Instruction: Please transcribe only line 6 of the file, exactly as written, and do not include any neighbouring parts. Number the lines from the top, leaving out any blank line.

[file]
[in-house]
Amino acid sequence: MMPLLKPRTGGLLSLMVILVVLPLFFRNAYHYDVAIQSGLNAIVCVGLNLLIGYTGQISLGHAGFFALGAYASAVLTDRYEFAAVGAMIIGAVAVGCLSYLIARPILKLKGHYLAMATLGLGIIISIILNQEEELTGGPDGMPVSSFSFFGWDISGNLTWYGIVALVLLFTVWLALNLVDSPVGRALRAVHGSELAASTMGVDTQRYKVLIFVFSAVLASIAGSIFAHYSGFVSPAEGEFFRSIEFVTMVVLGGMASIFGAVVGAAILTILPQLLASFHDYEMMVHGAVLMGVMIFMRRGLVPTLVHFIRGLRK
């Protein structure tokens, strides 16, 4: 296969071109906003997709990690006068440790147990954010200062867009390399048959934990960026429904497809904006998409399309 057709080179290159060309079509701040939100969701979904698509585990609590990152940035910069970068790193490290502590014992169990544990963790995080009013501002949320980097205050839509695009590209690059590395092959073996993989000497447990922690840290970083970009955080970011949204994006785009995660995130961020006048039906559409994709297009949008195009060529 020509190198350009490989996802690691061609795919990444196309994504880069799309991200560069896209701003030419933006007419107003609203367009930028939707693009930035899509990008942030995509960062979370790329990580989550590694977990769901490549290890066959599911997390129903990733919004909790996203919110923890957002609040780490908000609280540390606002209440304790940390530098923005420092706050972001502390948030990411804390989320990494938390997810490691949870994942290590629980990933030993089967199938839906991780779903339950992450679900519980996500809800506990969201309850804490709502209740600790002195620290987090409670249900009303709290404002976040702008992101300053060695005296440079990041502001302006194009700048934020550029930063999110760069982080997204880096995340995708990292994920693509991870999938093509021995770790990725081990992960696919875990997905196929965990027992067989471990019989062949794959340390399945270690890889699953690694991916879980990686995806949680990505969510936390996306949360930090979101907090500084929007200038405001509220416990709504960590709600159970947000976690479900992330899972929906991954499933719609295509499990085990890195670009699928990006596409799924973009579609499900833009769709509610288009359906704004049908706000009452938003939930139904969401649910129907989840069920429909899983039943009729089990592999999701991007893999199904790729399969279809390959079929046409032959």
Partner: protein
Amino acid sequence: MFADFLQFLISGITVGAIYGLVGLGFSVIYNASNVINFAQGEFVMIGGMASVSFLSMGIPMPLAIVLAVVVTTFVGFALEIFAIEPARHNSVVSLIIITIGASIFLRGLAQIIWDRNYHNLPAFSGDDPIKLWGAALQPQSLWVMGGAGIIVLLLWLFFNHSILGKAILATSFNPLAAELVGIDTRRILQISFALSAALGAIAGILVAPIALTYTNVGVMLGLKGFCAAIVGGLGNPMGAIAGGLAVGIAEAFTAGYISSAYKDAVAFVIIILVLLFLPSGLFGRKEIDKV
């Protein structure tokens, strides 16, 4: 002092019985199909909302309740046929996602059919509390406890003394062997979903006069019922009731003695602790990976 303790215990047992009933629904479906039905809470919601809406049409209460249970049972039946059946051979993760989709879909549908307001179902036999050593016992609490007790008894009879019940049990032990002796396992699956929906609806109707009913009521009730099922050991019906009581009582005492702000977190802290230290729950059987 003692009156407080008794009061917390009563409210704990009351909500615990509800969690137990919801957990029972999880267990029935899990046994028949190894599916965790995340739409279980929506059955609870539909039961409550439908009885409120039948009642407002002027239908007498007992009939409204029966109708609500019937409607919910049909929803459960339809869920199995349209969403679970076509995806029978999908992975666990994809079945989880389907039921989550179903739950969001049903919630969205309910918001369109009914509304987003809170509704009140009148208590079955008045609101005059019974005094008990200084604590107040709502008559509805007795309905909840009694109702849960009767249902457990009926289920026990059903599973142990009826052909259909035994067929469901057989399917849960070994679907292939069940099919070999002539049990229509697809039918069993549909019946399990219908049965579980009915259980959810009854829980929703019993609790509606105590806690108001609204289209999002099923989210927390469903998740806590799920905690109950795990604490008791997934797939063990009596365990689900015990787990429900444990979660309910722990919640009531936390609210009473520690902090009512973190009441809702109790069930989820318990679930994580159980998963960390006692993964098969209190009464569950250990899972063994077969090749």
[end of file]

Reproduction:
């Protein structure tokens, strides 16, 4: 002092019985199909909302309740046929996602059919509390406890003394062997979903006069019922009731003695602790990976 303790215990047992009933629904479906039905809470919601809406049409209460249970049972039946059946051979993760989709879909549908307001179902036999050593016992609490007790008894009879019940049990032990002796396992699956929906609806109707009913009521009730099922050991019906009581009582005492702000977190802290230290729950059987 003692009156407080008794009061917390009563409210704990009351909500615990509800969690137990919801957990029972999880267990029935899990046994028949190894599916965790995340739409279980929506059955609870539909039961409550439908009885409120039948009642407002002027239908007498007992009939409204029966109708609500019937409607919910049909929803459960339809869920199995349209969403679970076509995806029978999908992975666990994809079945989880389907039921989550179903739950969001049903919630969205309910918001369109009914509304987003809170509704009140009148208590079955008045609101005059019974005094008990200084604590107040709502008559509805007795309905909840009694109702849960009767249902457990009926289920026990059903599973142990009826052909259909035994067929469901057989399917849960070994679907292939069940099919070999002539049990229509697809039918069993549909019946399990219908049965579980009915259980959810009854829980929703019993609790509606105590806690108001609204289209999002099923989210927390469903998740806590799920905690109950795990604490008791997934797939063990009596365990689900015990787990429900444990979660309910722990919640009531936390609210009473520690902090009512973190009441809702109790069930989820318990679930994580159980998963960390006692993964098969209190009464569950250990899972063994077969090749």